11.01.2013 - 11.01.2013 7 °C
I have fond memories of Florence from visiting it with Muriel 20 years ago and was not disappointed this time but could see the toll the explosion in tourism has taken. If we were to visit Florence these days in the summer, we would need to book all the museum tickets weeks to months in advance and stand in long lines and be limited to short viewing windows. Florence is the big ticket stop of the bus tours of Italy along with Rome and Venice. For this reason we see visiting Florence in the winter has real perks even if the weather is not cooperating. Today we have seen the most tourists since Paris but there still are no line-ups and you can take your time or go as fast as you want and not have to compete with your fellow rubberneckers.
I think driving in Florence has been one of my most challenging experiences, especially since it was raining heavily when we arrived (I don't think I scarred my navigator, Hannah, too much during our foray). If the roads of Florence were arteries in a city's heart, then Florence is overdue for bypass surgery and should have died of a heart attack a long time ago. When we investigated parking on the Internet, we had identified some large underground parking lots but the fact that they are underground makes finding them akin to prospecting for gold. After what seemed an eternity of winding around the streets of Florence we struck the mother-load a parkade with plenty of parking spots charging a manageable sack of gold for its use. We were a little worried when we were searching since we read the old inner city is a no go zone except for permit holders and there is a high fine for wandering into this area which seems to have no indication where it begins.
Our eventual arrival at the Uffizi Gallery was hard won since we had arisen around 6:30 am and did not darken the doors of museum until after 10:00 am. I had downloaded a Rick Steves' guided tour to the Uffizi on my iPhone and iPad. We have tried a couple of his tours before with mixed results. We decided to try one more time and are really glad we did. The kids and I had a great time, they got a lot out of seeing the evolution of Italian painting from the middle ages and through the Renaissance. A highlight for me was seeing Raphael's "Birth of Venus." I was astonished to find out how much the kids have been taking in when they connected painters and their works with those they had seen in the Louvre and the Prado. Hannah even saw two paintings of Adam and Eve and said, "How is that possible, I saw these in Spain." We found out she was right, the paintings in the Uffizi were copies.
The word Uffizi means offices, and the gallery used to be the offices of the Medici family. There is a wonderful u-shaped hallway that is lined with paintings and Roman statuary that gives you an idea of what it was like during their day. It certainly was an atmosphere that would make someone want to come to work. After our visit we explored the streets of Florence checking out the Baptistery and its famous bronze doors and the Duomo next to it. The Duomo is a very colourful marble clad church which I was surprised to hear that many people think looks ugly. It was covered in marble as a rush job to celebrate the unification of Italy in the 1800s. I guess different tastes appreciate different things. Another bit of trivia is that Florence for a short time was the original capital of modern Italy.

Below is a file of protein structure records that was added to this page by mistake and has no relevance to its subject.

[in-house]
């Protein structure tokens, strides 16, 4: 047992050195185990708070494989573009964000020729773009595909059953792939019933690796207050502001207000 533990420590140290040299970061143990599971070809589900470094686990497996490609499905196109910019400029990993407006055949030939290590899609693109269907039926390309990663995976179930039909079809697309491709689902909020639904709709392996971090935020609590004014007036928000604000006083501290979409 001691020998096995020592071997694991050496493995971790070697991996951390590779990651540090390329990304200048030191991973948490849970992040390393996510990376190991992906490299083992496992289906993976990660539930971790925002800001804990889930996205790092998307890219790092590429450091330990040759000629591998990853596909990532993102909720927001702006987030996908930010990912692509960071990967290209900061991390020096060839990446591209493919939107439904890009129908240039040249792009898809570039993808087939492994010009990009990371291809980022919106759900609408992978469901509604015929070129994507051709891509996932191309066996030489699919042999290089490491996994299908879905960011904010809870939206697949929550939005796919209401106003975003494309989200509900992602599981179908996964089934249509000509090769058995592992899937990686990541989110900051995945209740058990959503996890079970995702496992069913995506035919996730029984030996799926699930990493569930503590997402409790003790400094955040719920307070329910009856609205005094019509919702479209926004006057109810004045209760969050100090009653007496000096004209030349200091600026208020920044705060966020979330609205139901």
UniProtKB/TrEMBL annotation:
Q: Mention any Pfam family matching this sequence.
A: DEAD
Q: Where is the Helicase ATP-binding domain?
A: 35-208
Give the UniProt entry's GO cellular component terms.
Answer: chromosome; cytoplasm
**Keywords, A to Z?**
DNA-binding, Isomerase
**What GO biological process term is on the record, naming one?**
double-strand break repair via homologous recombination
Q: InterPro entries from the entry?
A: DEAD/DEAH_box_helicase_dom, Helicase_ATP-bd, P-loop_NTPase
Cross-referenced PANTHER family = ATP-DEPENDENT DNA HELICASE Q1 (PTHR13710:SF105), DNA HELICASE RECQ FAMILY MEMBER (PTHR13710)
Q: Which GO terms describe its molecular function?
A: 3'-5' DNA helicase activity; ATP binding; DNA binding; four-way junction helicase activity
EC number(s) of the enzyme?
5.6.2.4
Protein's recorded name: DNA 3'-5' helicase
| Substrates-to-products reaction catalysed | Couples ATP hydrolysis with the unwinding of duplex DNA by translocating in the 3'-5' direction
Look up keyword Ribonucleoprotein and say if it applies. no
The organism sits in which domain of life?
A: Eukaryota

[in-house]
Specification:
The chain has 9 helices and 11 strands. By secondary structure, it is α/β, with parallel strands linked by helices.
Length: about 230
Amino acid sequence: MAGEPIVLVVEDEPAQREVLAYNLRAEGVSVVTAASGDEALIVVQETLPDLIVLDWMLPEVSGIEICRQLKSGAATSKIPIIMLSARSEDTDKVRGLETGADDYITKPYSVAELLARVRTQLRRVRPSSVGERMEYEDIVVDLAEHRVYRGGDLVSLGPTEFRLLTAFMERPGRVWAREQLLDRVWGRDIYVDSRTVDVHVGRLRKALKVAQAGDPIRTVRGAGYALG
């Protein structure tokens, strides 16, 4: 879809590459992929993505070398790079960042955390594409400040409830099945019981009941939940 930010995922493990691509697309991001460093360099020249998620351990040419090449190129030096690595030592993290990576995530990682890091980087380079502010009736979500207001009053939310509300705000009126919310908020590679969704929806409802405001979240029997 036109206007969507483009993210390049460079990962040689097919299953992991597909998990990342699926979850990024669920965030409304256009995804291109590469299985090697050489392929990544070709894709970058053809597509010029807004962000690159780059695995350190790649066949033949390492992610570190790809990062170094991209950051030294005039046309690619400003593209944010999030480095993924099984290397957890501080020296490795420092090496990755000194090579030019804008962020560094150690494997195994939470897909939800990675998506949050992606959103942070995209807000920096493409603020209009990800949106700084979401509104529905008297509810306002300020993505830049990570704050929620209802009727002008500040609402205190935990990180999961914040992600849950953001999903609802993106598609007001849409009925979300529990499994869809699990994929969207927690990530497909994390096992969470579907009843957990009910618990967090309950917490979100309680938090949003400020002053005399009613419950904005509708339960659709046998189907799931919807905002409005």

After wandering the streets a bit, we headed to the Academia to see Michelangelo's statue of David. This truly amazing work used to be in front of city hall but after 300 years was moved indoors. An exact replica stands out in front of city hall. It is a great copy but seeing the original in the Academia still seems far superior somehow. I didn't know how the kids would react but they were truly struck by this work as well. "Pretty good job for a hometown kid!"
Afterwards, we wandered some more, checking out other buildings including a granary that was converted into a church in the 1300s. You can still see the grain chutes openings in the main pillars of the building and iron rings in the ceiling that were used as pulleys to hoist bags of grain. The kids liked this church because of the ornate altar which houses a pre-Renaissance masterpiece by Bernardo Daddi an artist they have a soft spot for (for those who don't know my first name is actually Bernard).
It turned out to be a wonderful day despite the weather. The only disappointment was the pizza. We find out later that better pizza awaits us in Siena.